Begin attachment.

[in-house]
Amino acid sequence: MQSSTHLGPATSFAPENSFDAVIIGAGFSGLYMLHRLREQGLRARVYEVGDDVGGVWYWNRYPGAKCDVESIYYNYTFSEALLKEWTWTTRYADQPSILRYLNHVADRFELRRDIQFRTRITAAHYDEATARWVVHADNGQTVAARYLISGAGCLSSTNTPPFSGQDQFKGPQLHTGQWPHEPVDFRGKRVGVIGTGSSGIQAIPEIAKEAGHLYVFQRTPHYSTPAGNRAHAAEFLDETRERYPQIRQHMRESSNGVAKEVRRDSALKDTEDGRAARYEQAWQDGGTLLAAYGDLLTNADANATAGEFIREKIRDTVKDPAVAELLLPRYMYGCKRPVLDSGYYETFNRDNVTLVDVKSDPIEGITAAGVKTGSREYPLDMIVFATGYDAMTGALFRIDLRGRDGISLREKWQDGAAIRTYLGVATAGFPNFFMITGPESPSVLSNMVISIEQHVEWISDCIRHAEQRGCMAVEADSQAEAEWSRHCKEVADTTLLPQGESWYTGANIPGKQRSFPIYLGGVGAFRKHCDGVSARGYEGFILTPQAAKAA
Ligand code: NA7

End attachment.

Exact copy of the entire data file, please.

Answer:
[in-house]
Amino acid sequence: MQSSTHLGPATSFAPENSFDAVIIGAGFSGLYMLHRLREQGLRARVYEVGDDVGGVWYWNRYPGAKCDVESIYYNYTFSEALLKEWTWTTRYADQPSILRYLNHVADRFELRRDIQFRTRITAAHYDEATARWVVHADNGQTVAARYLISGAGCLSSTNTPPFSGQDQFKGPQLHTGQWPHEPVDFRGKRVGVIGTGSSGIQAIPEIAKEAGHLYVFQRTPHYSTPAGNRAHAAEFLDETRERYPQIRQHMRESSNGVAKEVRRDSALKDTEDGRAARYEQAWQDGGTLLAAYGDLLTNADANATAGEFIREKIRDTVKDPAVAELLLPRYMYGCKRPVLDSGYYETFNRDNVTLVDVKSDPIEGITAAGVKTGSREYPLDMIVFATGYDAMTGALFRIDLRGRDGISLREKWQDGAAIRTYLGVATAGFPNFFMITGPESPSVLSNMVISIEQHVEWISDCIRHAEQRGCMAVEADSQAEAEWSRHCKEVADTTLLPQGESWYTGANIPGKQRSFPIYLGGVGAFRKHCDGVSARGYEGFILTPQAAKAA
Ligand code: NA7